It's safe to say that there's only one thing on most investors' minds today: the U.S. election. While many Americans have already voted, the vast majority go to the polls tomorrow to decide whether President Obama will get a second term in office or be replaced by Mitt Romney. With this in mind, it's no surprise that the Dow Jones Industrial Average (INDEX: ^DJI) is largely directionless today, down a marginal 19 points, or 0.15%, in intraday trading.
Political differences aside, many analysts are predicting that the stock market will rally following the election irrespective of who wins. In a note to clients issued last week, the chief U.S. equities strategist at JPMorgan Chase (NYS: JPM) , Thomas Lee, noted that: "We are less than a week away from presidential and congressional elections, and there has never been an election where the spread between polls is 100bp (seven elections since 1900 were between 2% and 5%). Historically, equity markets have rallied following a close election, regardless of the winner (incumbent or challenger), likely benefiting from the reduced uncertainty."
Aside from the election, the biggest economic news today is that the domestic services sector grew at a slower pace last month than in September. The Institute for Supply Management's non-manufacturing purchasing managers index fell to 54.2. While this was 9 basis points less than the previous month and came up shy of economists' estimates, it nevertheless suggests that economic activity in the services sector grew for the 34th consecutive month, as a reading above 50 indicates expansion.
On the individual company front, shares in technology stocks are the highest among Dow stocks today, with Hewlett-Packard (NYS: HPQ) and Intel (NAS: INTC) trading higher by 1.6% and 0.8%, respectively. It was reported earlier today that Apple (NAS: AAPL) , the country's largest company by market capitalization, sold 3 million units of its new iPad mini and fourth-generation iPad over the debut weekend. Despite this, Bloomberg noted today that the technology giant's share of the tablet market slipped to roughly 50% in the third quarter, down from 66% in the preceding three months -- though that figure is bound to go back up now that the iPad mini has hit the market.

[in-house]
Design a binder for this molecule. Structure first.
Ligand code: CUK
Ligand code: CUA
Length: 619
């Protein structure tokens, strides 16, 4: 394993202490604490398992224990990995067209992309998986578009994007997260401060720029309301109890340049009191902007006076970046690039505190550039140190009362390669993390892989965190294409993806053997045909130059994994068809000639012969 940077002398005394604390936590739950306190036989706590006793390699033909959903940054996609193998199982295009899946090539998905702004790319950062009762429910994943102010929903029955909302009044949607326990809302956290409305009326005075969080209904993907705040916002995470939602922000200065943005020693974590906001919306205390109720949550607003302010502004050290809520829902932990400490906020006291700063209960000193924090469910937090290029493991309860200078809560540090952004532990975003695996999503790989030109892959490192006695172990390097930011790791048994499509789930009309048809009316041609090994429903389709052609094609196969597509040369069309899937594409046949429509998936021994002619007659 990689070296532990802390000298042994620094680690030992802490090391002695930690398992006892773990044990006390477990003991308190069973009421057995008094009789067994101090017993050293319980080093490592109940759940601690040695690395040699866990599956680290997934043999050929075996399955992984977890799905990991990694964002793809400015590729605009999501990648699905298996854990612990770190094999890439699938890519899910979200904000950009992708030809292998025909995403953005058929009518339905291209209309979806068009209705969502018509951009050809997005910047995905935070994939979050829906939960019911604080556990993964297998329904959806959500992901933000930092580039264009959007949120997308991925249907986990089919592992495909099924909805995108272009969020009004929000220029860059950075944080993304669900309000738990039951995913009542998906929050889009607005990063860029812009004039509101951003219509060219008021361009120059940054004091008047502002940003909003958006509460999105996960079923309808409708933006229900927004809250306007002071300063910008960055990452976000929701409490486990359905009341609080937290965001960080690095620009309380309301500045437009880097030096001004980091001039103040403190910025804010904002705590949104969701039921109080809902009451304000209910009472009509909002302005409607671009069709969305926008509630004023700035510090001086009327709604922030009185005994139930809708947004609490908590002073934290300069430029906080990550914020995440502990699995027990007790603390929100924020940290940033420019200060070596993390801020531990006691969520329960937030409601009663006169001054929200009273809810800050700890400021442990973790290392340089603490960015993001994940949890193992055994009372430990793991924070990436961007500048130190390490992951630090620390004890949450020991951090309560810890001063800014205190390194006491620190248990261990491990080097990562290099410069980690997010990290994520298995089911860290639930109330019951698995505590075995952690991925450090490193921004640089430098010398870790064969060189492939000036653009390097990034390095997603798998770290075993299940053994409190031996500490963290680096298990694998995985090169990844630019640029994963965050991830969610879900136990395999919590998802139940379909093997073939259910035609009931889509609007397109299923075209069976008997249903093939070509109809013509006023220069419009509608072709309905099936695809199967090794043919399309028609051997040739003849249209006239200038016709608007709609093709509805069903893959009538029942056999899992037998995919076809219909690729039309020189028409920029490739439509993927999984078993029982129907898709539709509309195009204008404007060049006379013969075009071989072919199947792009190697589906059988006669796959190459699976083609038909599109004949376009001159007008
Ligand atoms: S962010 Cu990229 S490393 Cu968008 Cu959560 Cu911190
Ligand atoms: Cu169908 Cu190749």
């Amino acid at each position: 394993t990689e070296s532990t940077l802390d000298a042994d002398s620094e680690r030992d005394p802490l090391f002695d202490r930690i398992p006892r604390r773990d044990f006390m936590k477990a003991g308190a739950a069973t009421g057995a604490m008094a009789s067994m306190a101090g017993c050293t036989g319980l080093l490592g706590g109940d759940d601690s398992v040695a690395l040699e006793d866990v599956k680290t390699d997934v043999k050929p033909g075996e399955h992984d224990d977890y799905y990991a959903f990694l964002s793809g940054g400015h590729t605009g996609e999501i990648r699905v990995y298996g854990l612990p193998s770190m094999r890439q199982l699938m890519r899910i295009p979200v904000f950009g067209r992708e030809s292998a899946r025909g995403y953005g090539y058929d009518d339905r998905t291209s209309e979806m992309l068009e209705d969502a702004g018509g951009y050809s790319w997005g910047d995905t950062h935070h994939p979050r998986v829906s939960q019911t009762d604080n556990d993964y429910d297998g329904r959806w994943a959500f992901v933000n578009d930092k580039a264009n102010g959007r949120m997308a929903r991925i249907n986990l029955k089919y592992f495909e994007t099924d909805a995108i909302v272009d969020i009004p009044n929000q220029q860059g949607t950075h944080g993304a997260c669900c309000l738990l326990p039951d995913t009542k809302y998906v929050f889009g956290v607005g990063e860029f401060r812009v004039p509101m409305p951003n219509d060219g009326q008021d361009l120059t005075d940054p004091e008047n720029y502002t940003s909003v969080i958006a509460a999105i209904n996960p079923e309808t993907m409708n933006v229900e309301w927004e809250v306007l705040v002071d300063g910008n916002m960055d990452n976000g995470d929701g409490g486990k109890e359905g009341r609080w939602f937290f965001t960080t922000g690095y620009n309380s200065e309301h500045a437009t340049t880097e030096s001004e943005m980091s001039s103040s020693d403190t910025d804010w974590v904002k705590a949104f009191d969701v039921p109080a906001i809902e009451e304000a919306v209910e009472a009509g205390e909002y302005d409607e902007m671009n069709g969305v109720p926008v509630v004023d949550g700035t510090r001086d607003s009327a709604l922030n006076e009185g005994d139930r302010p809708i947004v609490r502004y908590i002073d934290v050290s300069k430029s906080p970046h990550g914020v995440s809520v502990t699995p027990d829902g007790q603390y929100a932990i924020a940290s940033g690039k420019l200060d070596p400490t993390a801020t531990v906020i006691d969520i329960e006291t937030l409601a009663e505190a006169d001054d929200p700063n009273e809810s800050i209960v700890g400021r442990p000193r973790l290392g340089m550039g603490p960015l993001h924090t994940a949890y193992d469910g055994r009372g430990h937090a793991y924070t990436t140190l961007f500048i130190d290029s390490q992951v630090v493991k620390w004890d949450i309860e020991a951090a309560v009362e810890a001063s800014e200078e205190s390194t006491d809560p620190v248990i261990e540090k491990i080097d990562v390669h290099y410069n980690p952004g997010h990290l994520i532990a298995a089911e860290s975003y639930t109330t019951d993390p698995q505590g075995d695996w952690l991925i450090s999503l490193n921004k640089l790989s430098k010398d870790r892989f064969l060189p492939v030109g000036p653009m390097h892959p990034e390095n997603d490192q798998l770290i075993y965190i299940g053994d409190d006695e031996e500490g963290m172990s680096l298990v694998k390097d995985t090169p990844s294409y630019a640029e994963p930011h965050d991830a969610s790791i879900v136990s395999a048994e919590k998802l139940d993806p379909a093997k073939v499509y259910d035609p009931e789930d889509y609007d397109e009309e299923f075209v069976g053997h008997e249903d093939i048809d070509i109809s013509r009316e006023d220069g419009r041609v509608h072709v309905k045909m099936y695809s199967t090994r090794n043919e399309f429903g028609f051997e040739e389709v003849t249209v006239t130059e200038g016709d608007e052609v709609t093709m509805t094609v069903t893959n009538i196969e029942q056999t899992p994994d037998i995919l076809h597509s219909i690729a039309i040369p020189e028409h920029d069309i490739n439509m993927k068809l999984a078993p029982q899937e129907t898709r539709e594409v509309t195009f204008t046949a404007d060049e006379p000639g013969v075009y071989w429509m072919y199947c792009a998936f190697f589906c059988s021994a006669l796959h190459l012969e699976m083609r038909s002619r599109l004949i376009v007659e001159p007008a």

Also today, United Airlines (NYS: UAL) completed the first domestic flight with Boeing's (NYS: BA) new 787 Dreamliner. The composite plastic jet is significantly lighter and more efficient than its predecessors and accordingly offers airlines the chance to save on fuel costs. Boeing estimates that the new aircraft is 20% more fuel-efficient than similar-size planes, and because of its body, United is expected to save 30% on air-frame maintenance expenses. According to United's chief executive officer, Jeff Smisek: "If you want to be the world's leading airline, then you need the world's leading airplane, and we have that."
Finally, shares in Bank of America (NYS: BAC) are trading lower this morning. It was reported over the weekend that the nation's second-largest bank by assets may face a less severe capital burden than originally estimated. Because of its size, Bank of America has been termed a "systematically important financial company," and must accordingly hold more capital than smaller financial companies. While many expected the capital buffer to come in at roughly 2% and 2.5% of risk-weighted assets, the Financial Times reported that regulators are now saying it may be closer to 1.5%. If true, this could open the door to a dividend increase in the near future -- which would serve as a massive catalyst for an increased share price.
The Foolish bottom line
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The article Why the Dow Won't Stay Down originally appeared on Fool.com.
John Maxfield owns shares of Bank of America. The Motley Fool owns shares of Apple, Bank of America, Intel, and JPMorgan Chase & Co. Motley Fool newsletter services recommend Apple and Intel. Try any of our Foolish newsletter services free for 30 days. We Fools may not all hold the same opinions, but we all believe that considering a diverse range of insights makes us better investors. The Motley Fool has a disclosure policy.